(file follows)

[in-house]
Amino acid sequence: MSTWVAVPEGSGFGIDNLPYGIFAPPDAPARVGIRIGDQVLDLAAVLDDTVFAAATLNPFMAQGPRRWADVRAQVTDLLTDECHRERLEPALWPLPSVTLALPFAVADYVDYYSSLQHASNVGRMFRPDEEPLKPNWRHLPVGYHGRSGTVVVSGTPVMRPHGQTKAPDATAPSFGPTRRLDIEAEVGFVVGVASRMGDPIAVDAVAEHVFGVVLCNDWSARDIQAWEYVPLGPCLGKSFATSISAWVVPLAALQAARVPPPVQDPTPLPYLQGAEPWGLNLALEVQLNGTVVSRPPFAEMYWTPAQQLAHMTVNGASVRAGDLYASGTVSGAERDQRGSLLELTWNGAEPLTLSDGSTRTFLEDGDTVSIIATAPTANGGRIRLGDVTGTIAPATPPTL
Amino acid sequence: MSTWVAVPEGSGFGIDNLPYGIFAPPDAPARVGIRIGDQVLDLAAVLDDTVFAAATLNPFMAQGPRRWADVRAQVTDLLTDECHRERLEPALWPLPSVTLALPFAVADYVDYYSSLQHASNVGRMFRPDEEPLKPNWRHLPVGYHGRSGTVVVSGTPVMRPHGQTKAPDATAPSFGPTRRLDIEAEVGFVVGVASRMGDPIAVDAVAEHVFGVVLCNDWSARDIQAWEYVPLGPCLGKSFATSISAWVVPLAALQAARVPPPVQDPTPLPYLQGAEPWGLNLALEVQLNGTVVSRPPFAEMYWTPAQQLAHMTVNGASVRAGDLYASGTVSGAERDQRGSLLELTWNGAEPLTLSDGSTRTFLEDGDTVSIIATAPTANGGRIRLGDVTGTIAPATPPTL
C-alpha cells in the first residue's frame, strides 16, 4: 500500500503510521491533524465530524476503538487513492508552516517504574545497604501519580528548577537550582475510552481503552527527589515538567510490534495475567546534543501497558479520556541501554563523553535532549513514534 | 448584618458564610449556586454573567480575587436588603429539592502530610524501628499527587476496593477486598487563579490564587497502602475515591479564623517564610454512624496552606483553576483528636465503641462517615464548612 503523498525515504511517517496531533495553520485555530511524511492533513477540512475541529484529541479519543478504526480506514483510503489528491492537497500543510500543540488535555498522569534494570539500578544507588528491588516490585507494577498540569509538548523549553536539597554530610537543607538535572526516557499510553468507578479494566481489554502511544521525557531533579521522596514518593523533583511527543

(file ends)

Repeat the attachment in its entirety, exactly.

[in-house]
Amino acid sequence: MSTWVAVPEGSGFGIDNLPYGIFAPPDAPARVGIRIGDQVLDLAAVLDDTVFAAATLNPFMAQGPRRWADVRAQVTDLLTDECHRERLEPALWPLPSVTLALPFAVADYVDYYSSLQHASNVGRMFRPDEEPLKPNWRHLPVGYHGRSGTVVVSGTPVMRPHGQTKAPDATAPSFGPTRRLDIEAEVGFVVGVASRMGDPIAVDAVAEHVFGVVLCNDWSARDIQAWEYVPLGPCLGKSFATSISAWVVPLAALQAARVPPPVQDPTPLPYLQGAEPWGLNLALEVQLNGTVVSRPPFAEMYWTPAQQLAHMTVNGASVRAGDLYASGTVSGAERDQRGSLLELTWNGAEPLTLSDGSTRTFLEDGDTVSIIATAPTANGGRIRLGDVTGTIAPATPPTL
Amino acid sequence: MSTWVAVPEGSGFGIDNLPYGIFAPPDAPARVGIRIGDQVLDLAAVLDDTVFAAATLNPFMAQGPRRWADVRAQVTDLLTDECHRERLEPALWPLPSVTLALPFAVADYVDYYSSLQHASNVGRMFRPDEEPLKPNWRHLPVGYHGRSGTVVVSGTPVMRPHGQTKAPDATAPSFGPTRRLDIEAEVGFVVGVASRMGDPIAVDAVAEHVFGVVLCNDWSARDIQAWEYVPLGPCLGKSFATSISAWVVPLAALQAARVPPPVQDPTPLPYLQGAEPWGLNLALEVQLNGTVVSRPPFAEMYWTPAQQLAHMTVNGASVRAGDLYASGTVSGAERDQRGSLLELTWNGAEPLTLSDGSTRTFLEDGDTVSIIATAPTANGGRIRLGDVTGTIAPATPPTL
C-alpha cells in the first residue's frame, strides 16, 4: 500500500503510521491533524465530524476503538487513492508552516517504574545497604501519580528548577537550582475510552481503552527527589515538567510490534495475567546534543501497558479520556541501554563523553535532549513514534 | 448584618458564610449556586454573567480575587436588603429539592502530610524501628499527587476496593477486598487563579490564587497502602475515591479564623517564610454512624496552606483553576483528636465503641462517615464548612 503523498525515504511517517496531533495553520485555530511524511492533513477540512475541529484529541479519543478504526480506514483510503489528491492537497500543510500543540488535555498522569534494570539500578544507588528491588516490585507494577498540569509538548523549553536539597554530610537543607538535572526516557499510553468507578479494566481489554502511544521525557531533579521522596514518593523533583511527543